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Excerpt from “Small Forward”

In another month, the playoffs will be done, our team will not advance to even the division finals. My wife Tooey will denounce them: "Underachievers and chokers. Count me out next year barring some miraculous trade." Tooey will then set her mind on this year's garden and the promise of perfect cantaloupe and on our 10-year-old daughter's tennis.
        In another month, some players will return to their homes overseas—Captain Sculpted gathers his wife and little ones and jets back to his parents, his village on the lispy Gulf of Bothnia. The hairy power forward will stuff the whole family into a monster SUV and bulldoze back across the country to his very own golf course in Ontario—the NHL diaspora spread wide—and others, local boys made good, will holiday somewhere hot and sandy and sky back to Vancouver to be good fathers, model citizens, and fish for sturgeon on the murky Fraser River.
        In another month, the little Slovak left winger named Marian will be happy to laze Vancouver afternoons mowing his lawn in silk boxers, to play out the evenings stretched on short grass, beer from a long-necked bottle, whiskey-keg thighs flexed, and tossing a tennis ball high for a large and waddle-prone dachshund, Dirk. Marian is twenty-two. That was his third season in the league, and he is pleased and bruised—the wrist will swell, surgery will loom and then recede—and hopeful for stardom, but there's no one left for him in Slovakia. Karen is here, and their children. On an early morning at the end of June, he will curl one baby and one toddler into his strong arms, stand on the wet grass in bare feet—weirdly small ankles—and whisper good-bye to Karen.
        "Police."
        He means 'please.'
        "Police, Kahrrain. Do your best." He will sound like he has a sinus infection but he’s just having trouble finding a clear airway. His jaw's gone tight and his huge eyes look hard into hers. Marian and Karen are the same height but he seems compressed, normally much taller than her but telescoped in for the off-season. The babies are quiet, concerned with Daddy's tone.
        "It's just a course, Ray," she says. She calls him Ray. "I don't even get a mark."
        "Steel, you must succeed. Do your best, Kahrrain. Prove to them. Police."
        "It's not that kind of thing, Ray." The cab driver has her buckskin bag and waits behind the wheel. "It's going to teach me dispute resolution. How to solve ego problems in big companies."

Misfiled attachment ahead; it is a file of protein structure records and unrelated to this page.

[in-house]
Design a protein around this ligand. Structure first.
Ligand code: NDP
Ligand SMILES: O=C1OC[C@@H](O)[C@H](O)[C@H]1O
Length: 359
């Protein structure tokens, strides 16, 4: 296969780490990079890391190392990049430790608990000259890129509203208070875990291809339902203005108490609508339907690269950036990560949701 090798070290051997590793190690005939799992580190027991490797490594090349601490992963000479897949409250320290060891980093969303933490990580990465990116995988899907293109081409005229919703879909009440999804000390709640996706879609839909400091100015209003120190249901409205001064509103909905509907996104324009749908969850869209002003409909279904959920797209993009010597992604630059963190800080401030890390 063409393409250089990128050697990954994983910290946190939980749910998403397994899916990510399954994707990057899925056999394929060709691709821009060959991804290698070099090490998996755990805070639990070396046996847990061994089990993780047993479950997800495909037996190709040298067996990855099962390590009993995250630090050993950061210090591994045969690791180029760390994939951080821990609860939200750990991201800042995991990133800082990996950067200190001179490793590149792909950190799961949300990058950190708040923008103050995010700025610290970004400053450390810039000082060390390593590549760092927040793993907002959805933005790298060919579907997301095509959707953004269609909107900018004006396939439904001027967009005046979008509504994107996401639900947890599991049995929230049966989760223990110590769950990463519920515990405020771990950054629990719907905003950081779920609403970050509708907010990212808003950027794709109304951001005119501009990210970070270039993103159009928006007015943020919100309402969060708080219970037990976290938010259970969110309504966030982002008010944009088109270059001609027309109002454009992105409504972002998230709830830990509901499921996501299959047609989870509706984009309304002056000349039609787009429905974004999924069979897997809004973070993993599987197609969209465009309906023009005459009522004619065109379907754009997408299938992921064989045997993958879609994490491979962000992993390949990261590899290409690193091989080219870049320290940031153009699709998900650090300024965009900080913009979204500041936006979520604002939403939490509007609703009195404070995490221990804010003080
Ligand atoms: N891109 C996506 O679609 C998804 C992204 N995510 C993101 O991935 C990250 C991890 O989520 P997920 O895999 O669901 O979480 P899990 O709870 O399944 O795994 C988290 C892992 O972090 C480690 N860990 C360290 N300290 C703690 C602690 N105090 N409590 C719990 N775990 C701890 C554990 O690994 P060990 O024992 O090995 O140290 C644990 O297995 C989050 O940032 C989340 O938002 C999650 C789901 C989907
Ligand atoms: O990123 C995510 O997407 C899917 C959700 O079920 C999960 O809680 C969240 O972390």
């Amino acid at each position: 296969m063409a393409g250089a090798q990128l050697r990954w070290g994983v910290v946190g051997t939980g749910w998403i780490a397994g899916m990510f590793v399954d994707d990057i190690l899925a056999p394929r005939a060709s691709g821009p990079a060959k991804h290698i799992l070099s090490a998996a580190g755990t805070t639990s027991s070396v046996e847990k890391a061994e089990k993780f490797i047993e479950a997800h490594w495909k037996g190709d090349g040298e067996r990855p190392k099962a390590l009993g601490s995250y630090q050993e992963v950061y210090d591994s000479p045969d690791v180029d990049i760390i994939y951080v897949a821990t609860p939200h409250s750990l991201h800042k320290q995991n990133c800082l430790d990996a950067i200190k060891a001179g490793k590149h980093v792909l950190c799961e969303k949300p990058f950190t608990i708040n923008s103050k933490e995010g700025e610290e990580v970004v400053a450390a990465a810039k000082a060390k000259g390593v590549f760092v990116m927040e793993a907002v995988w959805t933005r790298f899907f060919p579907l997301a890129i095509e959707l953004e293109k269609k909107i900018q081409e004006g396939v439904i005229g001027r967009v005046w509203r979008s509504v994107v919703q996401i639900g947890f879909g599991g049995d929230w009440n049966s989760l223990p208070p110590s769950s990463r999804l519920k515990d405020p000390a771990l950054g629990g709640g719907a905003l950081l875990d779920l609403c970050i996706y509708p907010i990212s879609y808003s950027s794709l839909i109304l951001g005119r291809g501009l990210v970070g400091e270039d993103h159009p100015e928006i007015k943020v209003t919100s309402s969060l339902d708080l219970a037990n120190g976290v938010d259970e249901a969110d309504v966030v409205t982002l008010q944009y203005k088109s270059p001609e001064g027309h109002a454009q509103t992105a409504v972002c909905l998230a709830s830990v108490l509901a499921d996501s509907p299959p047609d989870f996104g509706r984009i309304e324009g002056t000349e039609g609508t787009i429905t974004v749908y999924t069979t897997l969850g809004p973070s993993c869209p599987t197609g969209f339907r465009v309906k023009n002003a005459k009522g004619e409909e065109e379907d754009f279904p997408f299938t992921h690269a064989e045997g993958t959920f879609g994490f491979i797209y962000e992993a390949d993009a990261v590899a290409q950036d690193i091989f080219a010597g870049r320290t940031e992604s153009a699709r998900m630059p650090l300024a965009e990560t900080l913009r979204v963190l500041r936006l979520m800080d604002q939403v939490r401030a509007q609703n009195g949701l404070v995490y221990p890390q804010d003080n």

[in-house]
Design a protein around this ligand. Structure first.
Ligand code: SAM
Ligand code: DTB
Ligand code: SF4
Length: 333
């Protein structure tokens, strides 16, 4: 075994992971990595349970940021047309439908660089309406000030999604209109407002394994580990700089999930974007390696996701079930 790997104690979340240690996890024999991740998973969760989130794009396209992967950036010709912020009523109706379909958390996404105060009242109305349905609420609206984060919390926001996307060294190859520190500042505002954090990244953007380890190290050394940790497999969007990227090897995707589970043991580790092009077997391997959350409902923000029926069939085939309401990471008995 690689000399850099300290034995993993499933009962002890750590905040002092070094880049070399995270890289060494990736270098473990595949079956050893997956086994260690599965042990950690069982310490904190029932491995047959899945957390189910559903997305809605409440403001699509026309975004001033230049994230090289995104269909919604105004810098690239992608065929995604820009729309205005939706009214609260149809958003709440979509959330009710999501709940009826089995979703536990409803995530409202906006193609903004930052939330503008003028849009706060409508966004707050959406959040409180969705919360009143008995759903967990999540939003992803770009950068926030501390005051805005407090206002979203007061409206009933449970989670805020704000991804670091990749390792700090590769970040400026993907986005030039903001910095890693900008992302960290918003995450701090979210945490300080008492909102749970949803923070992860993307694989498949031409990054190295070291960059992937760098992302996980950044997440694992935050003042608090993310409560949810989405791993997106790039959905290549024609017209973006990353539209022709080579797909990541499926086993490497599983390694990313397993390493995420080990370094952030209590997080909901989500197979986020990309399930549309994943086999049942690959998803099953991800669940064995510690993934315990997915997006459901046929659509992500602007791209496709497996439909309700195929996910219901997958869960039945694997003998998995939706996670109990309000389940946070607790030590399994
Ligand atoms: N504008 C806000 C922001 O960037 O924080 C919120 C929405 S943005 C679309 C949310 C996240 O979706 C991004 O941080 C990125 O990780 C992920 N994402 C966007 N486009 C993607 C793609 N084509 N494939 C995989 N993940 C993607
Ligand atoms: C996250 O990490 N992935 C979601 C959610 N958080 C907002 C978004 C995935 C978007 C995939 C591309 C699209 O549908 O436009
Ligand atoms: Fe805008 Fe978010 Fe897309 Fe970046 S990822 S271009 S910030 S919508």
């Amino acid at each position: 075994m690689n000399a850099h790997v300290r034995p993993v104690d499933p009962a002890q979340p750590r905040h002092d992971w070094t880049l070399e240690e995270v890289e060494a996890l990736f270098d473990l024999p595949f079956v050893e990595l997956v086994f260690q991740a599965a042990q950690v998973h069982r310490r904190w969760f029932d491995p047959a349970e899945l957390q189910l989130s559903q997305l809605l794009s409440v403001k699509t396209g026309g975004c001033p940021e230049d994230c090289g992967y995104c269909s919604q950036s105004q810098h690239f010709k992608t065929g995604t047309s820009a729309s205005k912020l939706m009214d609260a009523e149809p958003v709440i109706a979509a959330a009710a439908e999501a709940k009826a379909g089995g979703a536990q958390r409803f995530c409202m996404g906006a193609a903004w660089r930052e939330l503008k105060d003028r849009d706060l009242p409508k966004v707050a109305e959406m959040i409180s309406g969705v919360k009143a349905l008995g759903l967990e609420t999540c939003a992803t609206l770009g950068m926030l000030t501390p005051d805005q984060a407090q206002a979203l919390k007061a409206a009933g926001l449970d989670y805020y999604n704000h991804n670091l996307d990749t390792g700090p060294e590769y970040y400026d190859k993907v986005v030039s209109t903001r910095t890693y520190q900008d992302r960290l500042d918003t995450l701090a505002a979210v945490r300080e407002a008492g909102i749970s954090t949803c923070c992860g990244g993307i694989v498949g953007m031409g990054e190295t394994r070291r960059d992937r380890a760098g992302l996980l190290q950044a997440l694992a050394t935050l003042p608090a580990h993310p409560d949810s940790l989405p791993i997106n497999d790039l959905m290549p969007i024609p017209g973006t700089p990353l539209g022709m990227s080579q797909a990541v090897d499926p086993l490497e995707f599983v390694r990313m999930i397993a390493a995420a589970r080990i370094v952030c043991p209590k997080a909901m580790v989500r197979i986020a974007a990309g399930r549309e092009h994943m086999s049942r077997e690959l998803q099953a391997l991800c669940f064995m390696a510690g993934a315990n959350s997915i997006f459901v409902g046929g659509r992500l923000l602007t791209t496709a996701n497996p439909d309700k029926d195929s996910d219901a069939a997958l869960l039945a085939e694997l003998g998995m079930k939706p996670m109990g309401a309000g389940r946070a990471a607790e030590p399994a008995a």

"Kahrrain. It's urgent. Just prove to them." He moves close and touches his cubist nose to her small and perfect one, the aftershave too Eastern European for such a clear and democratic morning. She kisses him hard despite, or because, who knows? The little ones hide in their father's big pimply neck and Karen does a singsong, "Bye-bye for now babies," as her Barbie doll legs are drawn into the cab.
        She will take a ferry—one hour and thirty-five minutes—to Vancouver Island. From the terminal, she will cab it—another 45 minutes—to the refit medieval castle/spa where the course takes place; she will check in, wander, find—another 20 minutes—her room; she will peel off those shiny capris and make herself long on the cot they've assigned her and dial my cell number. I'll load the cans and tell Tooey I'm going to the landfill and then drive my pick-up the 12 minutes to Karen in the heritage garden, behind the greenhouse that seems too Victorian and dark and empty. Male peacocks strut the chip trails like Miss Venezuela.
        She will be here for the first time. Every other meeting—count the number of road trips her husband's team has played since October—I've taken the ferry to her. I'll be either more excited or slightly less.
        "There you are," she’ll say and the new glasses—black, narrow and ready to dangle from custom gold chains—make her look like a Raymond Chandler librarian: wise, over-sexed, a little drunk. Is this what we used to call foxy? Cleavage at that time of day, on the castle grounds, in the presence of turrets. Karen pulls my arm and we are behind the copper beech, between two superlush rhododendrons and their bracken. She kisses the high ridge of my cheek, the deep dip of scar on my jaw where we pretend a high stick caught me in juniors. "Say something smart," she will breathe in another month. And then my mouth.
 
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